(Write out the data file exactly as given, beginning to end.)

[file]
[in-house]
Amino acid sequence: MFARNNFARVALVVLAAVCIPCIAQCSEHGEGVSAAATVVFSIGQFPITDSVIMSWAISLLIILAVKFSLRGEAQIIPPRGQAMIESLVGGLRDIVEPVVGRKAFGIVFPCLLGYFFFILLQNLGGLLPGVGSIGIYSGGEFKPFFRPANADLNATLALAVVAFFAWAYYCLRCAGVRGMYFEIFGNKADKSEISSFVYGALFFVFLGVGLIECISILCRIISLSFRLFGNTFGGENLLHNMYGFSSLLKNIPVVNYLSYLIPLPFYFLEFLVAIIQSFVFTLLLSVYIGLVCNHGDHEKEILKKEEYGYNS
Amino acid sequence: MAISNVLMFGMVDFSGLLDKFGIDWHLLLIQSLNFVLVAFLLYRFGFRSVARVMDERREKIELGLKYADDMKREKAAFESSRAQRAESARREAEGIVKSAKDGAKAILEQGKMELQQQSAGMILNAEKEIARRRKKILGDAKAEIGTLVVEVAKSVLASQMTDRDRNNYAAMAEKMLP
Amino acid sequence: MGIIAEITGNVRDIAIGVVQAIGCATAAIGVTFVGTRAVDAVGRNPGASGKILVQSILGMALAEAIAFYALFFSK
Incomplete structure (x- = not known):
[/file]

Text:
[in-house]
Amino acid sequence: MFARNNFARVALVVLAAVCIPCIAQCSEHGEGVSAAATVVFSIGQFPITDSVIMSWAISLLIILAVKFSLRGEAQIIPPRGQAMIESLVGGLRDIVEPVVGRKAFGIVFPCLLGYFFFILLQNLGGLLPGVGSIGIYSGGEFKPFFRPANADLNATLALAVVAFFAWAYYCLRCAGVRGMYFEIFGNKADKSEISSFVYGALFFVFLGVGLIECISILCRIISLSFRLFGNTFGGENLLHNMYGFSSLLKNIPVVNYLSYLIPLPFYFLEFLVAIIQSFVFTLLLSVYIGLVCNHGDHEKEILKKEEYGYNS
Amino acid sequence: MAISNVLMFGMVDFSGLLDKFGIDWHLLLIQSLNFVLVAFLLYRFGFRSVARVMDERREKIELGLKYADDMKREKAAFESSRAQRAESARREAEGIVKSAKDGAKAILEQGKMELQQQSAGMILNAEKEIARRRKKILGDAKAEIGTLVVEVAKSVLASQMTDRDRNNYAAMAEKMLP
Amino acid sequence: MGIIAEITGNVRDIAIGVVQAIGCATAAIGVTFVGTRAVDAVGRNPGASGKILVQSILGMALAEAIAFYALFFSK
Incomplete structure (x- = not known):